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This question extends my earlier MO post for which I'm grateful for answers and useful comments.

The Catalan numbers $C_n=\frac1{n+1}\binom{2n}n$ satisfy: $\text{$C_{1,n}$ is odd iff $n=2^j-1$ for some $j$}$.

The $2$-adic valuation of $x\in\mathbb{N}$ is the highest power $2$ dividing $x$, denoted by $\nu(x)$. Let $s(x)$ stand for the sum of the binary digits of $x$. Then, we have the fact that $$\nu(C_{1,n})=s(n+1)-1. \tag1$$ Let $n+1=n_r2^r+n_{r-1}2^{r-1}+\cdots+n_12+n_0$ be the binary expansion of $n+1\in\mathbb{N}$, for some $n_j\in\{0,1\}$. Further, denote by $(n+1)^*=\{n_{j_1},n_{j_2},\dots,n_{j_t}\}$ the non-zero digits ordered as $j_1>j_2>\cdots>j_t$. Note: $\#(n+1)^*=s(n)$.

One version of the $q$-Catalan polynomials $C_n(q)$ is given in the manner $$C_n(q)=\frac1{[n+1]_q}\binom{2n}n_q;$$ where $[0]_q:=1, [n]_q=\frac{1-q^n}{1-q}$ and $\binom{n}k_q=\frac{[n]_q!}{[k]_q![n-k]_q!}$. Here $[n]_q!=[1]_q[2]_q\cdots[n]_q$.

Working in the spirit of (1), I was curious to find a possible $q$-analogue.

QUESTION 1. Is this true? If so, how does the proof go? $$\prod_{k=1}^{t-1} (1+q^{2^{j_k}}) \qquad \text{divides} \qquad C_n(q), \tag2$$ and no other such factors divide it!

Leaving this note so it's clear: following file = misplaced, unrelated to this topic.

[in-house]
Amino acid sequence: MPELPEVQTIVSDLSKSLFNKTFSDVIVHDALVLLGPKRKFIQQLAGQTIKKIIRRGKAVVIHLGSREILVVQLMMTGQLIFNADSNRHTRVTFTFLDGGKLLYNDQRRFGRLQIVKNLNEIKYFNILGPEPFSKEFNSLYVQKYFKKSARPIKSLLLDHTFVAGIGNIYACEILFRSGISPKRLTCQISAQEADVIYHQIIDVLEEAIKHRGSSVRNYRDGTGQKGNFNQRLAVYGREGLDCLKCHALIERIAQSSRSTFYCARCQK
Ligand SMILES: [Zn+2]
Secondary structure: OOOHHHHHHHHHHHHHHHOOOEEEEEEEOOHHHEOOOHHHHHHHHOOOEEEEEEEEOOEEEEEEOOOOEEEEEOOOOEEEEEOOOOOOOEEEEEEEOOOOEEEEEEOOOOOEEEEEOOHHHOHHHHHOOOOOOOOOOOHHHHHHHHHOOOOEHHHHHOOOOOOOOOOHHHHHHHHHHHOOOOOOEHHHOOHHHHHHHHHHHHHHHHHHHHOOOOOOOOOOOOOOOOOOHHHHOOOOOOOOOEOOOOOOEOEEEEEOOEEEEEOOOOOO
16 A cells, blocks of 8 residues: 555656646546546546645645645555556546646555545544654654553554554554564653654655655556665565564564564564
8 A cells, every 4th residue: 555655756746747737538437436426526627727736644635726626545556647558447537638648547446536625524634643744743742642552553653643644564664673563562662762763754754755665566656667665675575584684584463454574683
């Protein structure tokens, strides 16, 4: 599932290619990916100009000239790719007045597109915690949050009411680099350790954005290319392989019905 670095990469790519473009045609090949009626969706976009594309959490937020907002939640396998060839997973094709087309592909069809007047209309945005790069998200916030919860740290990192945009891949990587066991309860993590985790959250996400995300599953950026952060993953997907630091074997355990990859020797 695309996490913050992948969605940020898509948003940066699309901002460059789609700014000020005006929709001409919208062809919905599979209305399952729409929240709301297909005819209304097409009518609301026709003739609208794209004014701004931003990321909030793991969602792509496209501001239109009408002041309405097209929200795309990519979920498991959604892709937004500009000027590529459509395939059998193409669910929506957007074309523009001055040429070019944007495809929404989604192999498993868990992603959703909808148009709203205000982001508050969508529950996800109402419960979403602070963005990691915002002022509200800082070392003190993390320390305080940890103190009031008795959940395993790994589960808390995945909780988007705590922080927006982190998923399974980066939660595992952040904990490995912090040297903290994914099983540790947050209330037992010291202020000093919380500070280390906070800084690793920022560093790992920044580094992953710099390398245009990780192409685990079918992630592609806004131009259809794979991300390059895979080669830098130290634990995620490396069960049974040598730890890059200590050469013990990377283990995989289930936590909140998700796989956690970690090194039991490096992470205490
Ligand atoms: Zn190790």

REMARK. In view of the fact that the term $1+q^{2^{j_t}}$ is absent from the LHS of (2) ensures that (2) indeed emulates (1), naturally.

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For a positive integer $m$, an $m$-th primitive root $\alpha_m$ of $-1$ [which is the root of the polynomial $1+q^m$, and when $m$ is a power of two the converse also holds: any root of $q^m+1$ is an $m$-th primitive root of $-1$] is a root of $[k]_q$ exactly when $2m$ divides $k$. So, $\alpha_m$ is a root of $[N!]_q$ of multiplicity $[\frac{N}{2m}]$. Therefore, $\alpha_m$ is a root of $C_n(q)$ of multiplicity $$\left[\frac{2n}{2m}\right]-\left[\frac{n}{2m}\right]-\left[\frac{n+1}{2m}\right].$$ When is this positive? For $m=1$ never, so assume that $m>1$. Denote $n+1=2mk+r$, $0\leqslant r<2m$. Then we have $$ \left[\frac{2n}{2m}\right]-\left[\frac{n}{2m}\right]-\left[\frac{n+1}{2m}\right]=
2k-\chi_{r=0}+\chi_{r>m}-\left(2k-\chi_{r=0}\right)-2k=\chi_{r>m}. $$ Now if $m=2^a$, and $n+1=2^{j_1}+2^{j_2}+\dots+2^{j_t}$, $j_1>j_2>\dots>j_t$, the remainder of $n+1$ modulo $2^{a+1}$ is greater than $2^a$ exactly when $a\in \{j_1,j_2,\dots,j_{t-1}\}$. This implies your claim.

Note also that $C_n(q)$ is a product of cyclotomic polynomials in certain powers (since so is each $[k]_q$). All cyclotomic polynomials other than $\Phi_{2^{a+1}}=1+q^{2^a}$, $a=0,1,\dots$, take value 1 at point 1. Therefore substituting $q=1$ to the $q$-version we get the usual $q=1$ oddity statement.

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